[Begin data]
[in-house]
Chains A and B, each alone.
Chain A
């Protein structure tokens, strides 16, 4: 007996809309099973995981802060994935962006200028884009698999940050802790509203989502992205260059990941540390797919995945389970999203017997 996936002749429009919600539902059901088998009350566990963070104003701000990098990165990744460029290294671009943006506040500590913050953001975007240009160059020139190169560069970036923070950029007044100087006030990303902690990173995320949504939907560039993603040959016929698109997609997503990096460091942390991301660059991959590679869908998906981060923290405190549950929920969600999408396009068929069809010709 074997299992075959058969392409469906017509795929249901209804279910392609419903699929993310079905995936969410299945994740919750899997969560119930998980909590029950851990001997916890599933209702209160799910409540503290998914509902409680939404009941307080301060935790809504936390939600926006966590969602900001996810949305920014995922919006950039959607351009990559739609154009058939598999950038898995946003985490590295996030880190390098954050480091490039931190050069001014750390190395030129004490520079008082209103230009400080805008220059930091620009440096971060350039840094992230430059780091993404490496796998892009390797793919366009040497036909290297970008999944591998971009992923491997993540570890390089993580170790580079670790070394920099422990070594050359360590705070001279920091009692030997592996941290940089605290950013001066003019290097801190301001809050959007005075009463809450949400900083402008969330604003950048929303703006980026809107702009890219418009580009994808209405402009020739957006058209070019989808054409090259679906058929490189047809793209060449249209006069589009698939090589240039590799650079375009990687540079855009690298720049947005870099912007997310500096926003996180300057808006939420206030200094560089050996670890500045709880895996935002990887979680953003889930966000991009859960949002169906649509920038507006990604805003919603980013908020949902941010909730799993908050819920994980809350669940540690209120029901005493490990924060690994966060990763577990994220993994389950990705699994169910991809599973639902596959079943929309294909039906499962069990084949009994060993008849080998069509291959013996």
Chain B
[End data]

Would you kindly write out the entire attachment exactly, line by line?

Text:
[in-house]
Chains A and B, each alone.
Chain A
């Protein structure tokens, strides 16, 4: 007996809309099973995981802060994935962006200028884009698999940050802790509203989502992205260059990941540390797919995945389970999203017997 996936002749429009919600539902059901088998009350566990963070104003701000990098990165990744460029290294671009943006506040500590913050953001975007240009160059020139190169560069970036923070950029007044100087006030990303902690990173995320949504939907560039993603040959016929698109997609997503990096460091942390991301660059991959590679869908998906981060923290405190549950929920969600999408396009068929069809010709 074997299992075959058969392409469906017509795929249901209804279910392609419903699929993310079905995936969410299945994740919750899997969560119930998980909590029950851990001997916890599933209702209160799910409540503290998914509902409680939404009941307080301060935790809504936390939600926006966590969602900001996810949305920014995922919006950039959607351009990559739609154009058939598999950038898995946003985490590295996030880190390098954050480091490039931190050069001014750390190395030129004490520079008082209103230009400080805008220059930091620009440096971060350039840094992230430059780091993404490496796998892009390797793919366009040497036909290297970008999944591998971009992923491997993540570890390089993580170790580079670790070394920099422990070594050359360590705070001279920091009692030997592996941290940089605290950013001066003019290097801190301001809050959007005075009463809450949400900083402008969330604003950048929303703006980026809107702009890219418009580009994808209405402009020739957006058209070019989808054409090259679906058929490189047809793209060449249209006069589009698939090589240039590799650079375009990687540079855009690298720049947005870099912007997310500096926003996180300057808006939420206030200094560089050996670890500045709880895996935002990887979680953003889930966000991009859960949002169906649509920038507006990604805003919603980013908020949902941010909730799993908050819920994980809350669940540690209120029901005493490990924060690994966060990763577990994220993994389950990705699994169910991809599973639902596959079943929309294909039906499962069990084949009994060993008849080998069509291959013996």
Chain B